Deene Park, Northamptonshire [http://www.deenepark.com] has belonged to the Brudenell family since 1514: its current owner, Mr Edmund Brudenell, is directly descended from the purchaser, Sir Robert Brudenell, Chief Justice of the Common Pleas in the reign of Henry VIII.
Across the generations, the Brudenells have held the titles Duke of Montagu, Marquess of Ailesbury, Earl of Cardigan. Of all the illustrious ancestors, one who stands out in national history is James, 7th Earl of Cardigan (1797-1868), the man who led the Charge of the Light Brigade at the Battle of Balaclava (1854). His modern reputation was compromised by Cecil Woodham-Smith’s account The Reason Why (1953) and Trevor Howard’s portrayal of him in the film The Charge of the Light Brigade (1968).
In fact, the Battle of Balaclava was simply an incident in a life lived hard and fast.
As Lord Brudenell he was shunted into the pocket borough of Marlborough at the age of 21. As a result of his most determined political stand, abstaining over the Catholic Emancipation Act, he was removed from this seat. He purchased the parliamentary seat of Fowey, Cornwall, only to see it abolished two years later under the 1832 Reform Act. He then spent the equivalent of £1½ million on being elected, legitimately by the standards of the day, to the new constituency of Northamptonshire North. Five years later he had to move to the House of Lords on inheriting his father’s title.
His emotional life was similarly turbulent. He seduced the wife of a childhood friend, Elizabeth Tollemache Johnstone, whose husband roundly declared her “the most damned bad-tempered and extravagant bitch in the kingdom” and divorced her. She married Lord Brudenell in 1826, but by the time she became countess eleven years later they had separated. There were no children.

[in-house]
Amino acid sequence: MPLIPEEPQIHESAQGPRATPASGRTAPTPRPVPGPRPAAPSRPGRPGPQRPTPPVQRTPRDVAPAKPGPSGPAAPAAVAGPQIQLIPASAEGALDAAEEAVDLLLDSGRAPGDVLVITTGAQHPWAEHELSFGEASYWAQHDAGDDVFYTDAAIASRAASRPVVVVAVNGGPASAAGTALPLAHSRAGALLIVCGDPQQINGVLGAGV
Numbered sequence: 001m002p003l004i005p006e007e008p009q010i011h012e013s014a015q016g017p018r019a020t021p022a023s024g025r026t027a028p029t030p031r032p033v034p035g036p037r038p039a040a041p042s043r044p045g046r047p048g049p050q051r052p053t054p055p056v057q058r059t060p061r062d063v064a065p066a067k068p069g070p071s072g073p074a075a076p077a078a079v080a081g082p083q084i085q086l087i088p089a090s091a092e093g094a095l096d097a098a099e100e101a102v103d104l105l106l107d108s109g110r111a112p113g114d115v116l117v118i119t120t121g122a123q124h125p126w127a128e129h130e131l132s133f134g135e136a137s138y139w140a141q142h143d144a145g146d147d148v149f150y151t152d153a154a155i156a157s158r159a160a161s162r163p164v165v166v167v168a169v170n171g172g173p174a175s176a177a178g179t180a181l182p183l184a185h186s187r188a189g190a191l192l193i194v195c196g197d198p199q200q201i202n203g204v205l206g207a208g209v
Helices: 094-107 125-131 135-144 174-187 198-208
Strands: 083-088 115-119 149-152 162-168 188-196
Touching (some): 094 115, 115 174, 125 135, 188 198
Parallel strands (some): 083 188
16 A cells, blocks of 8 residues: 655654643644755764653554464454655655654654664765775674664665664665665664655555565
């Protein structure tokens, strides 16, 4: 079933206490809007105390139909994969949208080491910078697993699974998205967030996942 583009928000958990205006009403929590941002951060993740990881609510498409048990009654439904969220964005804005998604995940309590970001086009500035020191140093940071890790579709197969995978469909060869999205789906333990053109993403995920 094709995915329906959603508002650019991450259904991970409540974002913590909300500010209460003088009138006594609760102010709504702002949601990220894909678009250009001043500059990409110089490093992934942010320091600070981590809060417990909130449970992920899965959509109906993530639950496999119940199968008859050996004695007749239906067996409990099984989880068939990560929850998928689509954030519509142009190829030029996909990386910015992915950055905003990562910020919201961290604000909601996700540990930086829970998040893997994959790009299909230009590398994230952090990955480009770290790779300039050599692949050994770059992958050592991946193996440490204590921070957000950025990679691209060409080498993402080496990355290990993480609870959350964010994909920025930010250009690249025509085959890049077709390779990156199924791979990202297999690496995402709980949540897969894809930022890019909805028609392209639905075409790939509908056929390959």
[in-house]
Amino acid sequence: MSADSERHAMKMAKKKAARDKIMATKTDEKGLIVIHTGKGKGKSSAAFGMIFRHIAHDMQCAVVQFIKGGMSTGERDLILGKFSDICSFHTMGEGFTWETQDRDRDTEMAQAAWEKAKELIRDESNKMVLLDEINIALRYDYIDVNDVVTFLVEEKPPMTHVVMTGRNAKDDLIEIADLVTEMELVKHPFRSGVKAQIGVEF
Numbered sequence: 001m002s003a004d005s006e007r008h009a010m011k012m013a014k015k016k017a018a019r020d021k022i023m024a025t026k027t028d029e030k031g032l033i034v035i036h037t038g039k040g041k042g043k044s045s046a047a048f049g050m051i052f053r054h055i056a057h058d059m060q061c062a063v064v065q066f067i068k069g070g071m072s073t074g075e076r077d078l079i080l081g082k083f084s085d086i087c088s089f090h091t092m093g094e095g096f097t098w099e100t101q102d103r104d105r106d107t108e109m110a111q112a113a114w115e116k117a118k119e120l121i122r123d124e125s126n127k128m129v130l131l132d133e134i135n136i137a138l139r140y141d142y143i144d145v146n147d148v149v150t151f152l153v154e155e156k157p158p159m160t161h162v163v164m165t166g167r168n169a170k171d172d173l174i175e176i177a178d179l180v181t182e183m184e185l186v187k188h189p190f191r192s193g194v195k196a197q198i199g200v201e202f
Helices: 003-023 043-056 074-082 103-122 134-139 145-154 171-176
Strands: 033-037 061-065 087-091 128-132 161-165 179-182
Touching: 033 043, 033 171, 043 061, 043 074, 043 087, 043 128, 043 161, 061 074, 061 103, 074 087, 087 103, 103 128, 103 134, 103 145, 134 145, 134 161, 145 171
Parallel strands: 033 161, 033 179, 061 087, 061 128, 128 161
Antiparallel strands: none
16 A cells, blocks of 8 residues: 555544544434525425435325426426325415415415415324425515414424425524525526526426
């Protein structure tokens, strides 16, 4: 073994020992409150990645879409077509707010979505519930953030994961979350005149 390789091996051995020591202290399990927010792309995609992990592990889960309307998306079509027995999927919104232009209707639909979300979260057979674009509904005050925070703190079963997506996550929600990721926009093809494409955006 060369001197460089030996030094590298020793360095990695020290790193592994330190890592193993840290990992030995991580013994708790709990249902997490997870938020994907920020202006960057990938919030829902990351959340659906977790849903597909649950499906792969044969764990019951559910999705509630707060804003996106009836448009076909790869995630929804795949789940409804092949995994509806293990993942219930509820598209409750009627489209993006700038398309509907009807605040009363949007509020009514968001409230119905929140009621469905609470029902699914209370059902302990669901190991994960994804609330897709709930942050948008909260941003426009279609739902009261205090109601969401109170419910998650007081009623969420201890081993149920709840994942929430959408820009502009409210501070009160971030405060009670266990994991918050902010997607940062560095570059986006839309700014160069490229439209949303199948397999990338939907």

In the months before Elizabeth died in 1858, Lord Cardigan formed a liaison with Adeline de Horsey, 28 years his junior. Two months after Elizabeth’s death, they took off to Gibraltar in Cardigan’s yacht, married, and travelled on to receive a papal blessing in Rome. Queen Victoria and British society never forgave them.
They enjoyed ten years of happy marriage, punctuated with what a family history describes as “trivial infidelities”, and she lived on as the epitome of the term “merry widow” until 1915.
Cardigan’s portrayal in The Charge of the Light Brigade, at most impressionistic and certainly not entirely accurate, hardly begins to capture the drama of his life. There’s another film to be made out of the life of this least boring of Victorians.
Deene Park contains numerous portraits and mementos of the 7th Earl and his countess Adeline, who between them lived there for 78 years.